As a member of the Belleville Three with Juan Atkins and Derrick May, Kevin Saunderson is widely regarded as one of the founding fathers of Detroit techno, one of modern dance music’s most durable subgenres. Saunderson’s work with Paris Grey as Inner City was particularly crucial in establishing Detroit as major player in the future of rhythm: the single “Big Fun” was featured on the seminal 1988 compilation Techno! The New Dance Sound Of Detroit, and it became a crossover hit in the U.K., helping to draw attention to the rest of the artists on the mix and inject the term “techno” into popular culture.
“Big Fun,” which melded a strong female lead vocal with gurgling mechanical funk, also hit No. 1 on the Dance Clubs chart in the U.S., as did the next three Inner City singles. Saunderson and Grey proved that this music could be both resolutely underground and commercially successful. “‘88 was crazy,” he remembers. “I heard Inner City everywhere, no matter where I went.”
Despite that initial breakthrough, the longevity of the music was never guaranteed. “You still had rock and roll that was pretty dominant,” Saunderson notes. “People didn’t really understand anything about dance music. We had instant success in Europe, especially London. London pushed the music. [But] in America, it didn’t have the same impact. It never really had the support.”
Consequently, he sounds surprised by the resilience of the form, which appears to be thriving decades later. “I didn’t have that kind of foresight,” he tells Billboard. “My foresight was that this music was for the world – any kind of race, any kind of culture. It’s kind of shocking to see the longevity of it. I’m still doing it and I’m doing it well. I’m traveling around the world and finding new audiences. That just means it’s meant to be and the vision from years ago is true: it’s for everyone.”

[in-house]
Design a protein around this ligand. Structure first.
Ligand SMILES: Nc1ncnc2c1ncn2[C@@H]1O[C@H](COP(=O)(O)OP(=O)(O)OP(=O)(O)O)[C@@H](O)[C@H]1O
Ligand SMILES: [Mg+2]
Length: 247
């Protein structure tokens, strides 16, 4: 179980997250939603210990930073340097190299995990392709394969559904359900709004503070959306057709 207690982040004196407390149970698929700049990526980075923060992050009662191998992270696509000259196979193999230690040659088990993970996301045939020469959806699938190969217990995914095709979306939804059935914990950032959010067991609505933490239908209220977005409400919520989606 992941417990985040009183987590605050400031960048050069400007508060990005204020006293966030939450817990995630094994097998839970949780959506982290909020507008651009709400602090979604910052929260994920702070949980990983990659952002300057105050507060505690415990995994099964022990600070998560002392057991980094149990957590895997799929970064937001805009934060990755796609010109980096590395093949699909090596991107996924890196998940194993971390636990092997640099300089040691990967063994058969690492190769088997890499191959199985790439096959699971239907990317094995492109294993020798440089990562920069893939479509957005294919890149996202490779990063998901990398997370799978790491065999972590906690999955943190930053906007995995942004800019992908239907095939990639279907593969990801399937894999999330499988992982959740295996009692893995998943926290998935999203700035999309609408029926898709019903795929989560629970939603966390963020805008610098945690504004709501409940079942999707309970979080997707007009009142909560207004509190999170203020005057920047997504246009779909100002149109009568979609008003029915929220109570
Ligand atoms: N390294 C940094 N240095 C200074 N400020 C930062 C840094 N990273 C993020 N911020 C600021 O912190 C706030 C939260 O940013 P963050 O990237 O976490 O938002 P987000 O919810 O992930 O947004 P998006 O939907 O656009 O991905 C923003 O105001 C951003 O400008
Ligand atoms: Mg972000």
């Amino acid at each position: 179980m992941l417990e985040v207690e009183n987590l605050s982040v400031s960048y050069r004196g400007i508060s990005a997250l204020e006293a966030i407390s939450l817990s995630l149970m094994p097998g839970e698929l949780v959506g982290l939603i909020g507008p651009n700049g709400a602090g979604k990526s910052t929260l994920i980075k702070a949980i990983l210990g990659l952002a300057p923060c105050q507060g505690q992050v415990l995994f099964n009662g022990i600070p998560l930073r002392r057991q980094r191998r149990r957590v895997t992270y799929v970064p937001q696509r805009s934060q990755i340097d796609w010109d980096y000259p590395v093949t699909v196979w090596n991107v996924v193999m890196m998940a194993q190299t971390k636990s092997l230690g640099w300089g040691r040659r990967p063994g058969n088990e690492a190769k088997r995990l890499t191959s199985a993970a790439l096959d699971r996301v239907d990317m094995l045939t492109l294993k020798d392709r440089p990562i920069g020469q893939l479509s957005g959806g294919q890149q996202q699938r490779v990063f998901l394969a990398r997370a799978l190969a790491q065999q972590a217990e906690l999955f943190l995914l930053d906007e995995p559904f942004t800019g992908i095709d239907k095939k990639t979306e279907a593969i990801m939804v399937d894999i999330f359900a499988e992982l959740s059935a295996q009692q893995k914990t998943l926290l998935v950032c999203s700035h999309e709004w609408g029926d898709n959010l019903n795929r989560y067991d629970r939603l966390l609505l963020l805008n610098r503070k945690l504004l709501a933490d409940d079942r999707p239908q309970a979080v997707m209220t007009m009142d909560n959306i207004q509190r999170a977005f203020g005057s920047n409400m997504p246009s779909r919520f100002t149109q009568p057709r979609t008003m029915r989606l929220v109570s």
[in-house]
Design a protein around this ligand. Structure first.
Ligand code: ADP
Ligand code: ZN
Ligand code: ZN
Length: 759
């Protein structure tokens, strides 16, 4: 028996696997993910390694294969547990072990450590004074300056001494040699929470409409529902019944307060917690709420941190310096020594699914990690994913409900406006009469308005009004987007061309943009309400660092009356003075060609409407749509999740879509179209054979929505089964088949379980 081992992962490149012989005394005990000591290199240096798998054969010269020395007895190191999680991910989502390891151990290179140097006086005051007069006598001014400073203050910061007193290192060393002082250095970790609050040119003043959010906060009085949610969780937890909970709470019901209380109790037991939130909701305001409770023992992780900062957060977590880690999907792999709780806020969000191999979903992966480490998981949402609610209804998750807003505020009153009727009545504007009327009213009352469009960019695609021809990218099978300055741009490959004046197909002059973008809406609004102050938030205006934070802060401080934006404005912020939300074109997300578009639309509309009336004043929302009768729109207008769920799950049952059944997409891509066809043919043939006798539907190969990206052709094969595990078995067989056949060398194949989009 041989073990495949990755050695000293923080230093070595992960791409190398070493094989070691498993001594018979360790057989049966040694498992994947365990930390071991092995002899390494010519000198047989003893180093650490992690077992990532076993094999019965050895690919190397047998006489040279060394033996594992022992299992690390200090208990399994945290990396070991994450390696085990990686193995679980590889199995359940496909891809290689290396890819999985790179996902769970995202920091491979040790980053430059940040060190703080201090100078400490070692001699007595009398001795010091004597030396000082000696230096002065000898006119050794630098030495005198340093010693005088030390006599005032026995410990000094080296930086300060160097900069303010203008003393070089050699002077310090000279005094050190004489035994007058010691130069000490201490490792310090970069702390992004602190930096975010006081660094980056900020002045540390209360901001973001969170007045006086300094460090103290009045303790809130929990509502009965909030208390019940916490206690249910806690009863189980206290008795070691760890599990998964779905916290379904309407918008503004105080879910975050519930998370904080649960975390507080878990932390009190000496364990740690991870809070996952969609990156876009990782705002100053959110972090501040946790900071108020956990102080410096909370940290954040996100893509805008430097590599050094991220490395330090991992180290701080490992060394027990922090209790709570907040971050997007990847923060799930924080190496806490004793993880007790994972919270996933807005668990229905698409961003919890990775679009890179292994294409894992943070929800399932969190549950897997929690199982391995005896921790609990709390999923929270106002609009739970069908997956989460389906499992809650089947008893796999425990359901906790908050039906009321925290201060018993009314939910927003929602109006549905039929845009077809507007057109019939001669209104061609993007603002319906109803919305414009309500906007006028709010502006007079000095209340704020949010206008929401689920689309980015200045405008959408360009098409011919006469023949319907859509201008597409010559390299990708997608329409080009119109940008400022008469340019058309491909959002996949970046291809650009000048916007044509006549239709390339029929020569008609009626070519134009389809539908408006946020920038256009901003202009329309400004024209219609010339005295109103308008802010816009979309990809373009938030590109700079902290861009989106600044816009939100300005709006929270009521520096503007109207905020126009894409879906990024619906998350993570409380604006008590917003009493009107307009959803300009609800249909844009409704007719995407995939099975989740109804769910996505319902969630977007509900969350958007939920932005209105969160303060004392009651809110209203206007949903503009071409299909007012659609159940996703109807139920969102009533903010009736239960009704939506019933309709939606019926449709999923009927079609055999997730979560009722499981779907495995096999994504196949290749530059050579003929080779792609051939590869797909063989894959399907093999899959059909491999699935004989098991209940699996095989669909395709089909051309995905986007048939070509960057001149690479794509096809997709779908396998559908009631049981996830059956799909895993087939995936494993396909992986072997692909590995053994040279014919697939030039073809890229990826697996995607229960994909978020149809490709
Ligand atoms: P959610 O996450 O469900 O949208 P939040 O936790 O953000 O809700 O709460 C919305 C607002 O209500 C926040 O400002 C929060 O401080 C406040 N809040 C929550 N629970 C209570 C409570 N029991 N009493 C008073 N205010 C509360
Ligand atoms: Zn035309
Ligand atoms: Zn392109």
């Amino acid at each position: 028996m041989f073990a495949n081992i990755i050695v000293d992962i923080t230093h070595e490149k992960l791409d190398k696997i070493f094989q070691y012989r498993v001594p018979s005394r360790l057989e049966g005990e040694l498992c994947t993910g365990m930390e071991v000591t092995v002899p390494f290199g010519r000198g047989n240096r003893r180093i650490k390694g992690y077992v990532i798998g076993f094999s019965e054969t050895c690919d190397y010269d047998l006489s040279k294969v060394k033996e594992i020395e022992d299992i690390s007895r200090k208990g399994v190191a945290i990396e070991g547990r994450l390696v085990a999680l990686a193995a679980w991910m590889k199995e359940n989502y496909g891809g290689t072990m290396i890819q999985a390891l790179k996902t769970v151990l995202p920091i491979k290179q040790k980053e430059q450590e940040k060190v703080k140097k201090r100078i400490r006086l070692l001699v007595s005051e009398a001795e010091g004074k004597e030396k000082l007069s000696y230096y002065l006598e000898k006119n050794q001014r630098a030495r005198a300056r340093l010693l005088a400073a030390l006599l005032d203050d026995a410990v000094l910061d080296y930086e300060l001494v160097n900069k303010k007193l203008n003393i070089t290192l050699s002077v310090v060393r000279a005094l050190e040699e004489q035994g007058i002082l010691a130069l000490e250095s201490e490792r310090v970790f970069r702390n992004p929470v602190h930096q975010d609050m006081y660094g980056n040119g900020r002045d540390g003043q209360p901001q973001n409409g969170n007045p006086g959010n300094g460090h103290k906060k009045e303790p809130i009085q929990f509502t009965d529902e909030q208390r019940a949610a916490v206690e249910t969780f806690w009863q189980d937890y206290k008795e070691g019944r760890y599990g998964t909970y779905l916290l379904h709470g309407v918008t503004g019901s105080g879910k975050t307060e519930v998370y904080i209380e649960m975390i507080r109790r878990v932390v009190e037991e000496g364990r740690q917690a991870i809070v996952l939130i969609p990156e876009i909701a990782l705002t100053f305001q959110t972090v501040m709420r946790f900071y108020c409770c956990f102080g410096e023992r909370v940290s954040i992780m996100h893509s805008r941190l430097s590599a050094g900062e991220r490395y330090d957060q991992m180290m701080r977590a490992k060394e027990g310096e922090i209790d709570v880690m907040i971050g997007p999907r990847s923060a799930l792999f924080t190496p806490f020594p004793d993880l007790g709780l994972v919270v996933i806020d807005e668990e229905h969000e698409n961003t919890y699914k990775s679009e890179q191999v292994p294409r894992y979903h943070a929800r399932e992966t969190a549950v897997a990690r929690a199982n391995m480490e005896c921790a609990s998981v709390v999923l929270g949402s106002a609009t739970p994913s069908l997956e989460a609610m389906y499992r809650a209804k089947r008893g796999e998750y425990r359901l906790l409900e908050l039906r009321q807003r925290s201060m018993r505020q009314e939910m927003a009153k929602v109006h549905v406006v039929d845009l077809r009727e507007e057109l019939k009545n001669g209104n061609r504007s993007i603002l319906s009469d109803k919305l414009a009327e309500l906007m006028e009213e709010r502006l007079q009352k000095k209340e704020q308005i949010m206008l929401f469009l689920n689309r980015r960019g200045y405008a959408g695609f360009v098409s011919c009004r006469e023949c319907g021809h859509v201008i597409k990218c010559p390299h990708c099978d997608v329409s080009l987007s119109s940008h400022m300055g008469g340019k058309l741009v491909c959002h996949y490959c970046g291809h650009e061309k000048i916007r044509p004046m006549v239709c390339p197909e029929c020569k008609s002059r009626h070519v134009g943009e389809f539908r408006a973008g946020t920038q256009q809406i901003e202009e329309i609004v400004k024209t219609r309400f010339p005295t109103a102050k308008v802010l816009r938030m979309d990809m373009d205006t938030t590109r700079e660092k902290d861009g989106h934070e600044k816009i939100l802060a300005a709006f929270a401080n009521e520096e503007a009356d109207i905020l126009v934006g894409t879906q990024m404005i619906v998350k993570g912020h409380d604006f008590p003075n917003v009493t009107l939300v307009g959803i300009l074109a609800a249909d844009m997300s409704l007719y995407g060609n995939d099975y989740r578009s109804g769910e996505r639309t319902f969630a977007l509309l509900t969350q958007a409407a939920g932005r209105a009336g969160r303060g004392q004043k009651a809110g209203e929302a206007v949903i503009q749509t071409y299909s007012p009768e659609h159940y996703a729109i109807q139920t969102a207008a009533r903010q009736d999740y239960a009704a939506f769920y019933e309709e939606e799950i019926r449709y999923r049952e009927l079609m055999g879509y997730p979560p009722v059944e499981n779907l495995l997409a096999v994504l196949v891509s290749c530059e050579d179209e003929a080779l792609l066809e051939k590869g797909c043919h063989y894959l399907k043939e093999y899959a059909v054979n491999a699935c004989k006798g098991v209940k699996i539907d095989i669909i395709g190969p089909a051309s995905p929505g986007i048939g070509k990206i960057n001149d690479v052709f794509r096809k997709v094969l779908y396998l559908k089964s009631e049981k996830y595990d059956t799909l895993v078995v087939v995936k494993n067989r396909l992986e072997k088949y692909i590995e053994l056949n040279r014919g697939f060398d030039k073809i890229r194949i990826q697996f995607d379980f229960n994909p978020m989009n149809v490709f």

Detroit’s contribution to this democracy of dance has been celebrated in the city nearly every year since 2000 at the Movement Festival. For the third year in a row, Saunderson – who has helped run the event in the past – is in charge of a showcase on Monday, May 30, the final day of Movement. “ORIGINS: Elevation” brings the likes of Guy Gerber, MK, and Delano Smith to the Made In Detroit stage. The day culminates with a 90 minute DJ set from Saunderson himself.
The producer stresses the importance of a diverse lineup in his showcase. “I try to look at the Detroit talent, somebody from overseas – always try to make sure it’s rounded.” “It’s about generation, innovation, and regeneration,” he adds. “From when I started creating this music with Juan and Derrick until where we are today.”
He takes the regeneration part seriously: in 2015, Saunderson revived his E-Dancer moniker, which had not released new music in more than a decade. He plans to follow last year’s “Foundation” single – a dry, no-nonsense track that fellow Detroiter Stacey Pullen later incorporated into his Balance mix – with “One Nation” later this summer. “Inner City is a more vocal project,” Saunderson explains. “I always like to write uplifting, spiritual based music. E-Dancer is downright dirty, underground, deep, dark stuff.”
He has also helped today’s dance music more indirectly as well: both Saunderson’s sons are now DJs, and they will play together at his Movement showcase. The father confesses to being taken aback when Dantiez and Damarii ended up following in his professional footsteps. “I never expected it,” he says. “Dantiez moved out: ‘Dad, I’m gonna try to get my life together.’ Then he moved back six months later. And when he moved back, he said, ‘ya know I’ve been DJing.’ I said, ‘what you mean you’ve been DJing?’ I was shocked when he told me that.”
“It’s easy to say something,” Saunderson continues. “But when I seen him in my studio and on my turntables mixing around the clock, I kept saying, ‘this boy’s serious.’ I took him around the world so he would have a good vision.” Eventually the younger brother followed his sibling’s lead, and the first Saunderson Brothers’ release, “Other World,” is due out June 10 on their farther’s label, KMS Records.
It’s easy to imagine a dad clashing with his son while attempting to create music, but Saunderson suggests that the process is conflict-free. “It works pretty easy. Most parents you get into it with your kids ‘cause they’re doing something you don’t think they should be doing: ‘you need to be doing this, you need to be practicing.’ But I don’t need to get into it with them, ‘cause they love it.”
“If you’re gonna do it, do it,” he concludes. “Live it, let it be a part of you. It’s 24 hours in my house: the beat don’t stop.”